Others, however, have remained close even though time and distance have separated us. These are the friends who, although not seen or communicated with in months, even years, as soon as the phone is picked up we are right back where we left off.
This past weekend, Vangie and I worked at a conference in St. Louis for a publishing company she contracts for. It was the perfect opportunity to visit some close friends in Missouri whom I had not seen in years. Paul and Faith are the most special kind of friends to me. They have been with me (and I with them) through some of the most difficult and discouraging times. They were a constant support to me during my divorce. We have seen each other through some pretty dark places.
Friendship is the practice of peace with one another.
However, that is not what makes the relationship so special. Our relationship is special because it is built on a foundation of our understanding of and commitment to the gospel of Jesus. We have in common a core understanding of who Jesus was and what he came to do—to bring peace between God and people and between people and people. And what I’ve discovered is that this common commitment has enabled our friendship to transcend differences in age, culture, background, language, gender, and even the distance between us. Even my wife, who had never met Paul and Faith, found it natural to fall into our weekend conversation. And a weekend conversation it was!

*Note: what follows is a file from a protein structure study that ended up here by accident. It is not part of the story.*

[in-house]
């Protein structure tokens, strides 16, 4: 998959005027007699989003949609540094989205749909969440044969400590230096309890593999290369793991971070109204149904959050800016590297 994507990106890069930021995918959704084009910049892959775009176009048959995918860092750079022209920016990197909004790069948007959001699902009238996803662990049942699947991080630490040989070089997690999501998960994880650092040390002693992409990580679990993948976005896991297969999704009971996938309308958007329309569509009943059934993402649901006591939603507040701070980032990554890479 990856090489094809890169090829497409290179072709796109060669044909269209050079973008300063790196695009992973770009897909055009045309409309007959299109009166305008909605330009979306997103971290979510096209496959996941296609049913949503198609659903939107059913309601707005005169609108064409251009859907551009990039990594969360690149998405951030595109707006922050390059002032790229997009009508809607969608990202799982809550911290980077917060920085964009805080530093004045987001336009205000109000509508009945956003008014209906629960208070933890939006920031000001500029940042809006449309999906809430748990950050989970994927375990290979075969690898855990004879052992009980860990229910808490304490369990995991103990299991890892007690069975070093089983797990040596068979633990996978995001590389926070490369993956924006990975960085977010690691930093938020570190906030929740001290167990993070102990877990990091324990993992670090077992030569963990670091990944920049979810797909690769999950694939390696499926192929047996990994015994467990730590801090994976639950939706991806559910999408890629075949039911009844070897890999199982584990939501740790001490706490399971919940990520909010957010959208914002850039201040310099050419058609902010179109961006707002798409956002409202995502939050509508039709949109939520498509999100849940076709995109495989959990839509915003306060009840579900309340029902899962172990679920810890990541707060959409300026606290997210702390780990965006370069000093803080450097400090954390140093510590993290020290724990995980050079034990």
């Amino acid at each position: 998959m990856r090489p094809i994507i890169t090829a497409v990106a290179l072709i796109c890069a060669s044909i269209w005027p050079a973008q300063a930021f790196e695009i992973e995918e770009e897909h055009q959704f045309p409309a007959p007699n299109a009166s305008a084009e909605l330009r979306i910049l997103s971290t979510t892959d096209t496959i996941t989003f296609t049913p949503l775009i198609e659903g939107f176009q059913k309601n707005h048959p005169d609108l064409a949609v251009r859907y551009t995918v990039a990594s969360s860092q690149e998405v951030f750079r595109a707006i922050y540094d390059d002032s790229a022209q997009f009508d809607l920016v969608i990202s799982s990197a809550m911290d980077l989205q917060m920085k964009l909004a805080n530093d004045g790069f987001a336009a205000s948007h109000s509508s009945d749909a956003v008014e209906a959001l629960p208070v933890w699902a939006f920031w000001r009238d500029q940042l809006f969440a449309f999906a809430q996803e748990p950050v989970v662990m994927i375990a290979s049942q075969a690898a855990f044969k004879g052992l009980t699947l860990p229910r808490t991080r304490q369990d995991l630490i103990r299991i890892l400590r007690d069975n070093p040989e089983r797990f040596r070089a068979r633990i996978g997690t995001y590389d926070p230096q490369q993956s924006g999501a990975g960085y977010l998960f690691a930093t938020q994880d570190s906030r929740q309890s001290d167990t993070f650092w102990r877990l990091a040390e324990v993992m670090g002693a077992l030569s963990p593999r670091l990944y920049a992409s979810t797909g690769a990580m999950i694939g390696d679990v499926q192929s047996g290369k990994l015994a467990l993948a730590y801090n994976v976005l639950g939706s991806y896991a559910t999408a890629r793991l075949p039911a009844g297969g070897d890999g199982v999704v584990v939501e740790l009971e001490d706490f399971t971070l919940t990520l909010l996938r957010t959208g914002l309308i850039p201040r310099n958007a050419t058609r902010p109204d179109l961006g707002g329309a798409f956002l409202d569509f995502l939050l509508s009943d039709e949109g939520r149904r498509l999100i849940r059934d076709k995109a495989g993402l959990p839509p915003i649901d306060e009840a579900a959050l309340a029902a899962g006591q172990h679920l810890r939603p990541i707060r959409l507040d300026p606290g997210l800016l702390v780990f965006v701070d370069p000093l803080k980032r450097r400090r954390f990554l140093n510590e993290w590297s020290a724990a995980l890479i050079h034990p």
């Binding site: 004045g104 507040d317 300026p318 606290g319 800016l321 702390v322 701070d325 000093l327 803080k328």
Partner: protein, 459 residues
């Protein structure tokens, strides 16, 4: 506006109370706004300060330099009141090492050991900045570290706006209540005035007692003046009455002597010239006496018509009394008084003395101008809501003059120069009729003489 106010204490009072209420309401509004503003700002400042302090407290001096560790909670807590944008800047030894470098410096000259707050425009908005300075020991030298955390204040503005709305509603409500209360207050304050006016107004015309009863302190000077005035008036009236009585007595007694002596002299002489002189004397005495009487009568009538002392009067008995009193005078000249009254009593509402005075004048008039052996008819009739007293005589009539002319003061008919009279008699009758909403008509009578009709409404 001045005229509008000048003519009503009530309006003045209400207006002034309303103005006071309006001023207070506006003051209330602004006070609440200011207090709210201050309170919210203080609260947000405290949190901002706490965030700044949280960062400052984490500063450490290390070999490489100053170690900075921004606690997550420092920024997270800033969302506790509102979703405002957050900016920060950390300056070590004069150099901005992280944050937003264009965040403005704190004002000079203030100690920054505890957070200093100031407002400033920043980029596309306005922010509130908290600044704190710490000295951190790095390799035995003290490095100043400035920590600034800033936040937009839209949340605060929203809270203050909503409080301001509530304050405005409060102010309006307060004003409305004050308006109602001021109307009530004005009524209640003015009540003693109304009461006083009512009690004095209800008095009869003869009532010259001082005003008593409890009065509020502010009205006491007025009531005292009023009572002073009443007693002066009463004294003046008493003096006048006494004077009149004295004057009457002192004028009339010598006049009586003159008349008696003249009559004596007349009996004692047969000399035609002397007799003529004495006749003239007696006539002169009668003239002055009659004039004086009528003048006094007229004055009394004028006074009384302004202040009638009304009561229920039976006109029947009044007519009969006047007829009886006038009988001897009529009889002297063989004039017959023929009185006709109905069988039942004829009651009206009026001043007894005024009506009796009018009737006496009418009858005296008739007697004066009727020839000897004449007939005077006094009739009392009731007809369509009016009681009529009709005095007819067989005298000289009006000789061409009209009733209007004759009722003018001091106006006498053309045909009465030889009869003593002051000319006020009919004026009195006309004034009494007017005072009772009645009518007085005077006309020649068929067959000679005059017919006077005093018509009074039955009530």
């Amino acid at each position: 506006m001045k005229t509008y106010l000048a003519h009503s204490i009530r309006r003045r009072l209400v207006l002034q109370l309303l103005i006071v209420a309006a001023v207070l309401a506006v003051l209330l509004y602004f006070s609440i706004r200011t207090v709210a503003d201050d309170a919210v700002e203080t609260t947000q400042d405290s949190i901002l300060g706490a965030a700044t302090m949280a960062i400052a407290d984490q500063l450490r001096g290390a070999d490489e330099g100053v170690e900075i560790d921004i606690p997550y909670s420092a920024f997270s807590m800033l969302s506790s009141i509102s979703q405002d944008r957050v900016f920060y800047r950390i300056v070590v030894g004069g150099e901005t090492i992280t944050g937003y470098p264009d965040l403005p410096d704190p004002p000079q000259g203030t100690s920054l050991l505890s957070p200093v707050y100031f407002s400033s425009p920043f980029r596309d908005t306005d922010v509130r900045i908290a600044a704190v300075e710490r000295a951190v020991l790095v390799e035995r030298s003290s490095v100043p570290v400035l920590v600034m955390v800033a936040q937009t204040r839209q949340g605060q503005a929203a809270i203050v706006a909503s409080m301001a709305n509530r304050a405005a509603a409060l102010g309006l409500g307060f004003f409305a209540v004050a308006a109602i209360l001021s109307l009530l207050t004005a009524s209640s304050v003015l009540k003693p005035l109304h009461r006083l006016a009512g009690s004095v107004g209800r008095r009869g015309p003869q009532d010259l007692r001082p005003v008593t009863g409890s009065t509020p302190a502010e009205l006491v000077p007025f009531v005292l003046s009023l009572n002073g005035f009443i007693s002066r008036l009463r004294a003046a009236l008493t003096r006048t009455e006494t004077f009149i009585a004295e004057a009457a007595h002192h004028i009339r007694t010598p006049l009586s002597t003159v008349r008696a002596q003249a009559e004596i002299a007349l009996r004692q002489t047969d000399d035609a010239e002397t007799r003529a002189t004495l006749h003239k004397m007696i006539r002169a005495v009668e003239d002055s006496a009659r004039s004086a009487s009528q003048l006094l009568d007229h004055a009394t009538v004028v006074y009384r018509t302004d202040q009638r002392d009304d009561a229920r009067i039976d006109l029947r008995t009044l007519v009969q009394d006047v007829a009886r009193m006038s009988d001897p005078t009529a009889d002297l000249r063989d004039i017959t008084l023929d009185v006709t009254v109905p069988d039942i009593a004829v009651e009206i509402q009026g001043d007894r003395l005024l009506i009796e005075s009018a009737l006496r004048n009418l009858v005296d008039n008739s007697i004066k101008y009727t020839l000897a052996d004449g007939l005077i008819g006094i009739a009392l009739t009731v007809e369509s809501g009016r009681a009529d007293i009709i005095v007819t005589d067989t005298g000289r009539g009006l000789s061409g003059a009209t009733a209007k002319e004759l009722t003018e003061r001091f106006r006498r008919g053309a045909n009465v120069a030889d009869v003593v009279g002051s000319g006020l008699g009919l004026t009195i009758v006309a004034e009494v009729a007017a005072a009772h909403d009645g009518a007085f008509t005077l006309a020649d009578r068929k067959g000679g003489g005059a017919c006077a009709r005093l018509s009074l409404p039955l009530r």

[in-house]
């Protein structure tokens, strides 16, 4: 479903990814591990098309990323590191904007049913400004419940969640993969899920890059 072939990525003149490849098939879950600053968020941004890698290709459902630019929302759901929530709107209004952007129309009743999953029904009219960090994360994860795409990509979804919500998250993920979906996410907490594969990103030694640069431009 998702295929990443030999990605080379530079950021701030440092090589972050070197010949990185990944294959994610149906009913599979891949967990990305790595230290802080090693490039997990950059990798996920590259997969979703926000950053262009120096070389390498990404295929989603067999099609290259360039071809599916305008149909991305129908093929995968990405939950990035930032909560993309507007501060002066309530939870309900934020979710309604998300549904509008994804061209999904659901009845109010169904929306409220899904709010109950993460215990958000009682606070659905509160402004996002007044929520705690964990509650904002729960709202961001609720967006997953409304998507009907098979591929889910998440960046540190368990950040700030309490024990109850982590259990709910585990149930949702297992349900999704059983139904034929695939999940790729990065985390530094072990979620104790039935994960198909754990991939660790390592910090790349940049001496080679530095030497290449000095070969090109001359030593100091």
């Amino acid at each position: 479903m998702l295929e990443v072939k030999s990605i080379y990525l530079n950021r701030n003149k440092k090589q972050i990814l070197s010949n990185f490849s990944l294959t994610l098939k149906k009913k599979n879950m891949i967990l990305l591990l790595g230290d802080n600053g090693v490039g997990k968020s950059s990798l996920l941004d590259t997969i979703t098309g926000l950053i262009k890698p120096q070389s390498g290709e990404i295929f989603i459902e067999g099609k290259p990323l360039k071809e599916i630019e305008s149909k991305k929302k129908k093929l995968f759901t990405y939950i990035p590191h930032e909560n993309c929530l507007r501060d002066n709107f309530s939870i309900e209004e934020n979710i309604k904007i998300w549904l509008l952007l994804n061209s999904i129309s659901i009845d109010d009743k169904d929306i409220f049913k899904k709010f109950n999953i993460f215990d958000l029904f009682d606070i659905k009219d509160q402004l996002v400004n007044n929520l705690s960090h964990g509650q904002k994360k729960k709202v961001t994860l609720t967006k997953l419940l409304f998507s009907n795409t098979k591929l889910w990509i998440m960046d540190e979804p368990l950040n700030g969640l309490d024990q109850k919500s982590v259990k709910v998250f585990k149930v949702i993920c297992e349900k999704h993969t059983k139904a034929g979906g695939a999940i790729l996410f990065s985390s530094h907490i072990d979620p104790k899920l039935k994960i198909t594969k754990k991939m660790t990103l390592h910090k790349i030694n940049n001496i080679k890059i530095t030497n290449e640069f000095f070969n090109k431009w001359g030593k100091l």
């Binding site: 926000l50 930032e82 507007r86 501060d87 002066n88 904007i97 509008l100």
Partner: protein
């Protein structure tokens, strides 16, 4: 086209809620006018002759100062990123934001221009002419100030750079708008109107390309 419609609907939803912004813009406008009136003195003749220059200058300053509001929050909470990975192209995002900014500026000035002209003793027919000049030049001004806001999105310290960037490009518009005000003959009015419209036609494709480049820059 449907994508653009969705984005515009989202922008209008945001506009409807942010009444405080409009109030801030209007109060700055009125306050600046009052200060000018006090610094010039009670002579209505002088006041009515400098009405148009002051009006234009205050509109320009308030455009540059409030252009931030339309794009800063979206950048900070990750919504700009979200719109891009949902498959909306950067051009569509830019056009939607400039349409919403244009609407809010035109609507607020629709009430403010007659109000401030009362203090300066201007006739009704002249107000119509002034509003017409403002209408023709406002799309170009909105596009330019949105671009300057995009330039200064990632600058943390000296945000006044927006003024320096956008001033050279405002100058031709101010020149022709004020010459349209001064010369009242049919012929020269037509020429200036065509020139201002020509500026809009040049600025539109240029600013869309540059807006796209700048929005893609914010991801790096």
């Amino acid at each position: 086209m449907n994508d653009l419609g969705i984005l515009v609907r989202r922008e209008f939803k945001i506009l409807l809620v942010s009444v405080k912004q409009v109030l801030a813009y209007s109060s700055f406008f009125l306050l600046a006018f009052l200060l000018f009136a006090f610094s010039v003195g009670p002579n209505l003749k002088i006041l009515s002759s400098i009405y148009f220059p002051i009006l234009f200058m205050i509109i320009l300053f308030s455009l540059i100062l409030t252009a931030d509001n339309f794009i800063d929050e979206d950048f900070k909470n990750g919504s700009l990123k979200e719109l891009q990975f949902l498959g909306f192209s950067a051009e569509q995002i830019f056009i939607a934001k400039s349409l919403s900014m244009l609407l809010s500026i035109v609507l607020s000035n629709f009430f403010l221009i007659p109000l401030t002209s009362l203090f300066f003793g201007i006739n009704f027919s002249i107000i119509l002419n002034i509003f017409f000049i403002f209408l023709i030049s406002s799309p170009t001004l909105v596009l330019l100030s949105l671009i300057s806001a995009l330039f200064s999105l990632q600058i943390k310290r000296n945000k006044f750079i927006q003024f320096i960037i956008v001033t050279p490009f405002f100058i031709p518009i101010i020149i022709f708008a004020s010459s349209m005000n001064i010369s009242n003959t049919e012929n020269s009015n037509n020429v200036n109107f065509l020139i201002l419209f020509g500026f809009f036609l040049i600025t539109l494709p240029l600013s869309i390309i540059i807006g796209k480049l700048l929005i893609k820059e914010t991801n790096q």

8:30 pm on Friday—arrived at the house
8:30-12:30 am Saturday—we talked
12:30-9:00 am Saturday—we slept
9:00-11:30 am Saturday—we ate breakfast (and talked)
11:30-12:00 pm Saturday—we drove to meet Scott and Ana for lunch
12:00-3:00 pm Saturday—the six of us ate and talked
3:00-5:30 pm Saturday—we visited the campus where I used to work and talked
5:30-8:30 pm Saturday—we ate dinner and talked
8:30-11:00 pm Saturday—we talked
11:00-7:00 am Sunday—we slept
7:00-8:45 am Sunday—breakfast and conversation
9:00-10:30 am Sunday—church!
10:30—Vangie and I left for home
What is there to spend that much time talking about? If I had to make a list of things to talk about, I don’t think I could. Our conversation was natural. It moved as we thought about things. We listened to one another and shared thoughts on the things we think about.